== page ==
New Browning B725 Sporter - test & review
PUBLISHED: 16:55 15 October 2020
Browning’s re-vamped B725 Sporter gets the once over from Vic Harker in this test and review
It is with almost a feeling of reverence nowadays that I pick up any new Browning B25 shotgun. Of course, the design cannot be really new as it was introduced nearly a century ago, yet the rightness of it remains as self-evident as ever.
The latest B725S is no exception, but time does not stand still, and the makers continue to finetune a design that each generation has pronounced cannot be improved upon. That said, both the manufacturers and their customers have consistently agonised over the depth of the action body, although they have not ever been able to convincingly describe how it hampers the shooter in any visual way – or in any aspect that can be demonstrated.
When the Browning was last revised, it took the form of the B725, first introduced in 2011. This incorporated the DS double-seal interchangeable chokes, with a copper-banded seal and a forward thread. Thankfully, the new Browning B725 retains all its most important design features, most especially the full-width underbolting. Some clever cosmetic work has reduced the depth of the action by a fraction, but thankfully the B725, as it is designated, is still very much a classic Browning.
Nevertheless, the Browning company felt obliged to tinker, while Browning enthusiasts held their breath. Again, it was the action body that got the attention with some skilful sculpturing that visually creates an attractive streamlined look, but that thankfully retains the action body’s dimensions and its weight.
One of the most important features of any shotgun is the stock, which has the closest contact with the shooter’s shoulder and the face. Its dimensions must conform to the shooter’s physical characteristics sufficiently well for him/her to mount the gun naturally and point it accurately, or changes must be made. The Browning B725 stock has a length of 38cm.
Drop at comb (which determines the elevation of the aiming eye above the rib and is by far the most crucial dimension of all) is adjustable, as is the cast, which accommodates the shooter’s width of shoulder and facial characteristics. The benefits these facilities provide cannot be overstated, and an hour or so with a knowledgeable gun fitter can make the difference between shooting to your best ability... or not.
As to the B725 stock configuration, I can only congratulate the makers for a return to a hand-filling full pistol grip and a tulip fore-end wood. Not only do these bold shapes complement the Browning B725 but they also show that, rather than resorting to gimmickry, Browning has returned to a simplicity that emphasises the genius of the original design.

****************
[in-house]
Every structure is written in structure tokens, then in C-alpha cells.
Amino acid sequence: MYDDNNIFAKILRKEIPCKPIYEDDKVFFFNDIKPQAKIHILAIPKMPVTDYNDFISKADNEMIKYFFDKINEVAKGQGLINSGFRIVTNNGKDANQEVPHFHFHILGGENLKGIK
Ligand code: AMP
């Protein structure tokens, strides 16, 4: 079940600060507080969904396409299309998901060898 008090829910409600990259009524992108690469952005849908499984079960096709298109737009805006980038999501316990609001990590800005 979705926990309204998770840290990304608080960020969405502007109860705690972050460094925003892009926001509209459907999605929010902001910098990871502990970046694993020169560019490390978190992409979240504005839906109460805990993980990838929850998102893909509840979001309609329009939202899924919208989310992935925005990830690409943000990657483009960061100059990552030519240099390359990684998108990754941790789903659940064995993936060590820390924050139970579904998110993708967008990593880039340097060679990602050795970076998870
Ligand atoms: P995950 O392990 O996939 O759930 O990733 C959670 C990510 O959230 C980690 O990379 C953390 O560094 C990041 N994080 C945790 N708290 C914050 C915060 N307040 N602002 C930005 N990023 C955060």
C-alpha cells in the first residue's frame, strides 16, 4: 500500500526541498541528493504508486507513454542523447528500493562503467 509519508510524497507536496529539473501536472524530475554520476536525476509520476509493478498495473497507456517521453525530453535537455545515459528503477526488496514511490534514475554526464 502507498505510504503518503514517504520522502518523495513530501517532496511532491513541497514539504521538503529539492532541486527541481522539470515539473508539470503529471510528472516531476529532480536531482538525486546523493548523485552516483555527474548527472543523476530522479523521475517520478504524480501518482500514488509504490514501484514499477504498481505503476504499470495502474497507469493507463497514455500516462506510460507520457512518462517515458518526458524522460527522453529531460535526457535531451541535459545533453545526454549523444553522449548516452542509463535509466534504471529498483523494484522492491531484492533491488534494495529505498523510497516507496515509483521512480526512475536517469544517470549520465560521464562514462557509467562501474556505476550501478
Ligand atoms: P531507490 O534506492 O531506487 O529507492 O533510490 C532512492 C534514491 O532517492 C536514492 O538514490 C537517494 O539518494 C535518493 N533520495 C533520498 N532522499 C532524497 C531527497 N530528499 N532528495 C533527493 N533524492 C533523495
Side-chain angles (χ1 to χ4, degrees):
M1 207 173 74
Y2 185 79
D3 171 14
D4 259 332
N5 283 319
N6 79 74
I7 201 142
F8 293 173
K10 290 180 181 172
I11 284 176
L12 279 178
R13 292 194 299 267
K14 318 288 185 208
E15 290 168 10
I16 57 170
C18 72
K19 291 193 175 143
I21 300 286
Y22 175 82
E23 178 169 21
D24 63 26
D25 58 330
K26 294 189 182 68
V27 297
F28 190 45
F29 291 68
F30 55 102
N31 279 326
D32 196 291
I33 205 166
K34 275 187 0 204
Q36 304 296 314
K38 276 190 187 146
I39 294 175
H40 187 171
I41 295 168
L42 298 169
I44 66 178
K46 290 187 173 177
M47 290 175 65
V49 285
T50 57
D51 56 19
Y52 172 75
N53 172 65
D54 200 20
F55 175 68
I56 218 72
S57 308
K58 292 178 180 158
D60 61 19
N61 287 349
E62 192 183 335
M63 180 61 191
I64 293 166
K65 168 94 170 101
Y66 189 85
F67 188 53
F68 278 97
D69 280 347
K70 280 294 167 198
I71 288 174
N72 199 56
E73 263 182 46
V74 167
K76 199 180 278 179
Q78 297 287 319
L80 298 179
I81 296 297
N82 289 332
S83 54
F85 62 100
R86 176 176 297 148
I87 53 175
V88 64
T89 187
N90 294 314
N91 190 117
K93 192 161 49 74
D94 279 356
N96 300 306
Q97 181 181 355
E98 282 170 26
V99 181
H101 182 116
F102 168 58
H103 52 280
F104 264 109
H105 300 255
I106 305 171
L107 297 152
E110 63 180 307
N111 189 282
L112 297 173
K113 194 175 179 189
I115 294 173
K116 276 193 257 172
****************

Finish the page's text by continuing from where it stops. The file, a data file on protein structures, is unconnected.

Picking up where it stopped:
With the 30” (76cm) barrels come a set of five 10cm hand-detachable chokes and, with two in situ, the barrel assembly weighs 1.552kg (3lb 6oz). Once again, simplicity provides the best results. The rib has no ramps or steps, but rather an unobtrusive machined edge border and parallel lines that guide the eye without being a distraction.
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As to shooting the gun, much has been made of the Browning’s balance and this latest 725 lives up to the legend. To achieve this, the current makers had only to repeat what has gone before, but that’s not entirely fair. In the case of the B725, this gun incorporates a set of five hand-detachable chokes that puts only 81g on the barrels’ muzzle ends.
One of the most attractive aspects of the B725 in terms of stock configuration, weight balance and not to mention the excellent mechanical function in all departments, is its originality. For example, the stock’s slim, adjustable comb comes to the shoulder and face naturally without recourse to any contortions. The Browning 725 has all the basics in terms of balance and weight distribution to provide a first-rate shotgun for Sporting clays. The key to this quality is careful weight distribution that must be determined before the major component parts of the gun are assembled. There must, of course, be fixed parameters.
At the North Oxfordshire Shooting School, the B725 looked and felt impressive and certainly fulfilled my expectations. It was very much a back to the future moment when I lifted and shouldered the B725.
In recent years, Browning has experimented with a number of stock configurations much influenced by the Europeans, i.e. Perazzi and Beretta - both makers incorporate low profile actions which demand, or at least look better with, a close radius grip. Browning followed this trend, but in terms of appearance and practicality the guns did not look or work as well with too close a grip.
In contrast, this Browning’s deep action demands something different, and the B725 provides it, most importantly with a hand-filling pistol grip featuring a more open radius. With this recent development, the B725 handles superbly.
Model: Browning B725 Sport Adjustable
Barrel Length: 30” 76cm / 32” 81cm
Chamber: 2 3/4”
Chokes: 5 Hand-detachable
Stock: Full Pistol Grip Adjustable
Weight: 3.685kg (8lbs 2oz)
SRP: £2,500 inc. VAT
UK Distributor: International Sports Brands Ltd.